Biopsies taken under general anesthesia are more comfortable for both the patient and the physician (16). However, because of the significant time and cost associated with biopsies under general anesthesia, we only perform transrectal prostate biopsies under local anesthesia on patients with PZ lesions in our clinic. Local anesthesia causes fewer cardiac and pulmonary complications; however, it is unclear whether patients are under higher stress levels during the procedure than if they were under general anesthesia. General anesthesia can increase cardiopulmonary complications but may be less stressful for the patient (16). In our clinic, if there is a PIRADS ³3 lesion with an anterior location, we perform targeted biopsy under sedoanalgesia. In targeted prostate biopsies performed transrectally on an anterior lesion, the biopsy needle must travel a longer distance in the prostate, causing more pain. Thus, real-time ultrasound and MRI matching may be disrupted because of patient movement, resulting in decreased biopsy quality.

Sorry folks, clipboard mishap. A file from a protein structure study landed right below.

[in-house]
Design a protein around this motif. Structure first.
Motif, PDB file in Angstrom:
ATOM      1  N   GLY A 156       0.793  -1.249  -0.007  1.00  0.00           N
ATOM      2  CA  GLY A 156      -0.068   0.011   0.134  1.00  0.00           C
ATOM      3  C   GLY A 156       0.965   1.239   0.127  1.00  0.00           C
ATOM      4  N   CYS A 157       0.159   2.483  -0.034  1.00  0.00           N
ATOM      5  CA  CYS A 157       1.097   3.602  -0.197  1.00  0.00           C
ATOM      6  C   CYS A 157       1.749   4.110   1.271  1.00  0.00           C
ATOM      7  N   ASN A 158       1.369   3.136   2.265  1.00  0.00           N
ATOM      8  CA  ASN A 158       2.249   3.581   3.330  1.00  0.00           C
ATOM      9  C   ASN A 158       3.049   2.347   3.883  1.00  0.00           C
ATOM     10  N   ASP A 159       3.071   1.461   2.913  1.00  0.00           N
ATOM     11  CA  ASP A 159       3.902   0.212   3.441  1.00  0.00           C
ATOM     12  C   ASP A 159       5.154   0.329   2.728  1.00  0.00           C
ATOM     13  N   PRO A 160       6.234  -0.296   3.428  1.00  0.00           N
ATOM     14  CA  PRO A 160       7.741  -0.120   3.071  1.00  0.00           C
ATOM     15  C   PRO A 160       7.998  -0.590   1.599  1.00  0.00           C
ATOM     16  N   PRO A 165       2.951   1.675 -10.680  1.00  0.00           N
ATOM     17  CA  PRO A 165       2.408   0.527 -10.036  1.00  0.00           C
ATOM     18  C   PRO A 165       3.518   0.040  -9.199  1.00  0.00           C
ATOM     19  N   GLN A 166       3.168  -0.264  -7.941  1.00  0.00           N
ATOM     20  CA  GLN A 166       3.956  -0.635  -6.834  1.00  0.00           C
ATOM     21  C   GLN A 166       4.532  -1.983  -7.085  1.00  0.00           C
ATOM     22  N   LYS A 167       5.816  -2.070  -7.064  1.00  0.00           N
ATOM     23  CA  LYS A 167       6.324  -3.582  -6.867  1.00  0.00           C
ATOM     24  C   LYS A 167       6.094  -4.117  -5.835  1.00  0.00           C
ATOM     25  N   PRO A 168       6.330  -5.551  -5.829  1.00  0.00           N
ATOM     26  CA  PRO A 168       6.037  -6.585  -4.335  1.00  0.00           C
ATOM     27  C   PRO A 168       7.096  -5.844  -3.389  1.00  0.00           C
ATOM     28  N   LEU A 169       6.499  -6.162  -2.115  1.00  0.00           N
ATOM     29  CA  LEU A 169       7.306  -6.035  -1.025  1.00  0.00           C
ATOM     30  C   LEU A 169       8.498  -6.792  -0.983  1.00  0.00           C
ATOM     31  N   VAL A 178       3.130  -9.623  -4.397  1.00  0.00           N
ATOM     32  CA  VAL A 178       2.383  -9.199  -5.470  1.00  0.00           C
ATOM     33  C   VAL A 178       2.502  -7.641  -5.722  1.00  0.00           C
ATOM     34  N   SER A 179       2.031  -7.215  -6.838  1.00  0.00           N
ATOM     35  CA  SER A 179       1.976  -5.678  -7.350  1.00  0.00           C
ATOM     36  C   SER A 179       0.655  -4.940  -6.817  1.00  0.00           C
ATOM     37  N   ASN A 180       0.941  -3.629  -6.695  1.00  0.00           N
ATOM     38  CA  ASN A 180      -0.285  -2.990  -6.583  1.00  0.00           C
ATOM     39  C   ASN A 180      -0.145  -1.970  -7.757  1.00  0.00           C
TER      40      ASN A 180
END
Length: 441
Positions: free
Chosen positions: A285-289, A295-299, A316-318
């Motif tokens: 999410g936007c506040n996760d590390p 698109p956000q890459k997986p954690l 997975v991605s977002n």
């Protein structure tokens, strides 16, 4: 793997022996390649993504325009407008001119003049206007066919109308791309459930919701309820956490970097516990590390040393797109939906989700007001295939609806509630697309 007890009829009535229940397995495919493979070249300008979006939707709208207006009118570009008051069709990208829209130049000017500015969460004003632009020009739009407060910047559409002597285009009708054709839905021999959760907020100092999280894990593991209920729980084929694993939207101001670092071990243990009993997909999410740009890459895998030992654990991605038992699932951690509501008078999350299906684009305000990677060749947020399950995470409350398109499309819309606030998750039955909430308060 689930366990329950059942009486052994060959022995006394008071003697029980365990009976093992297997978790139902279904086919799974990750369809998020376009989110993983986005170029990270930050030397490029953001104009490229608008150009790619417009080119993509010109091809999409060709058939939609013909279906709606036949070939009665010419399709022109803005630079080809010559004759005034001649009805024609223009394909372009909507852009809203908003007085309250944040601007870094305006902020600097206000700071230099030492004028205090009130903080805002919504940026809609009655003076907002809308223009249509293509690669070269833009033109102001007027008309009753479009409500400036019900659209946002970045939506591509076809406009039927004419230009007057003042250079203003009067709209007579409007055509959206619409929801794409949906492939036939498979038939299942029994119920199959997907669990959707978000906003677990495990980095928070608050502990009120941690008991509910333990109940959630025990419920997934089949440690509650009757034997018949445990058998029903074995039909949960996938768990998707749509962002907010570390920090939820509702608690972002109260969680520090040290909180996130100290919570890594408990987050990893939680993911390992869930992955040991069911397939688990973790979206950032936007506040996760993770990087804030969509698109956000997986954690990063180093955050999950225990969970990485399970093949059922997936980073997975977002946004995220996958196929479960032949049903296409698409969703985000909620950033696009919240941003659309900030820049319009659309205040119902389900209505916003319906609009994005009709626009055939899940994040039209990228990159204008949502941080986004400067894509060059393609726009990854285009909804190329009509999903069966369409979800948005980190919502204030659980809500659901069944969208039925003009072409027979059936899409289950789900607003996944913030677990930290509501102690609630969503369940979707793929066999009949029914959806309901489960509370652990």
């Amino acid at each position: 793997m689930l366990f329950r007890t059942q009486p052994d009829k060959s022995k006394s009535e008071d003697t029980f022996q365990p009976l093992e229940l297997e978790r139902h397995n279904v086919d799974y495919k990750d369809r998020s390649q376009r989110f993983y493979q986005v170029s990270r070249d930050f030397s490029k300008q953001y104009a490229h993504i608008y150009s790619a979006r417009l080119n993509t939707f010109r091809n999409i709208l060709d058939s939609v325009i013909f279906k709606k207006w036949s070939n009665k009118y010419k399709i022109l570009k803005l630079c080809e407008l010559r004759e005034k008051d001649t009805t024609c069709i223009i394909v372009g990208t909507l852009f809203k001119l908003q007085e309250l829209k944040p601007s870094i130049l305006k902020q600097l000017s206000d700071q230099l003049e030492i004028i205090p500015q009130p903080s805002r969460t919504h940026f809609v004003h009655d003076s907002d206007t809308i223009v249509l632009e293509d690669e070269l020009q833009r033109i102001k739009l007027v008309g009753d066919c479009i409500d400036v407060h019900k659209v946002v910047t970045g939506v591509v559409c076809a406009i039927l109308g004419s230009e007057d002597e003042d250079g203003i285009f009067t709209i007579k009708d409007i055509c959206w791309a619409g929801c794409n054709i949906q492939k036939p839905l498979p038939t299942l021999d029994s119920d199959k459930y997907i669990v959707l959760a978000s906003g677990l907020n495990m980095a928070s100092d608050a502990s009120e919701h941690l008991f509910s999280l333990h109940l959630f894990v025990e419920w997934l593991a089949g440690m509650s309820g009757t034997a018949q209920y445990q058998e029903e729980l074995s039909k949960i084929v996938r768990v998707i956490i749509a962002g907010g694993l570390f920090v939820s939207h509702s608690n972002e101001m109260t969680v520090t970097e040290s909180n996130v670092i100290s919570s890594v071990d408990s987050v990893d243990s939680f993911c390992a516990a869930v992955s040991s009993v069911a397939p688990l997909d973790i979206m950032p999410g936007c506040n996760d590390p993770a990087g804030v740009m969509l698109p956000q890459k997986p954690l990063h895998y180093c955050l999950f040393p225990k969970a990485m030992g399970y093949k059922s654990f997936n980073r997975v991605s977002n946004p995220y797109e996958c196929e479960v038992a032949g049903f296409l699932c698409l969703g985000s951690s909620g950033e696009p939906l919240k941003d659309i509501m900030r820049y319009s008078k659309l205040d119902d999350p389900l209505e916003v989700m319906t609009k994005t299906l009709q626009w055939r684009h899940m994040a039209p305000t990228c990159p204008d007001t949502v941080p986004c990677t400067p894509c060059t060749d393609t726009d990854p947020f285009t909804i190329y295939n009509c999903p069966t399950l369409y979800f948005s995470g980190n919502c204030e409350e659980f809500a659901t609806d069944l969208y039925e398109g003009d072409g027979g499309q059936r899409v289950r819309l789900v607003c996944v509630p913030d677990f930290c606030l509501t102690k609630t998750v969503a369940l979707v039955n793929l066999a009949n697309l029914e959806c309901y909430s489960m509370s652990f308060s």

We conducted a retrospective analysis of MR-TRUS-targeted prostate biopsy data and found no statistically significant difference in csPC detection rates between the local anesthesia and pseudoanalgesia groups for biopsies taken from PZ lesions. Similarly, Hogan et al. (17) compared prostate cancer detection rates in transperineal prostate biopsies based on anesthesia type and found no statistically significant difference between the general and local anesthesia groups. In a recent study by Kim et al. (18), sedation anesthesia was found to have a cancer detection rate statistically significantly higher than IRLI in 12-core systematic biopsies (34% vs. 29.2%, p=0.024). In the same study, logistic regression analysis showed that sedation anesthesia was an independent predictor of cancer detection in patients with PSA levels <10 ng/mL (18). However, no data on the csPC detection rates were presented in the study. In the present study, we only compared csPC detection rates, and unlike the work of Kim et al. (18), we compared pseudoanalgesia and local anesthesia groups of patients who underwent targeted biopsy. We attribute the differing results of this study and those of Kim et al. (18) to these two factors. In a study by Temiz et al. (19), the authors compared the cancer detection rates of PPB and IRLI in 10-core systematic biopsy procedures and found a statistically significant difference in favor of PPB (25.4% vs. 19.8%, p=0.001). In the same study, patients in the IRLI group had significantly higher pain scores, as measured by the visual analog score (VAS). The authors explained the lower cancer detection rate in the IRLI group by theorizing that clinicians may not adequately sample the apex and far lateral parts of the prostate because of the relatively high pain experienced by patients in this group (19).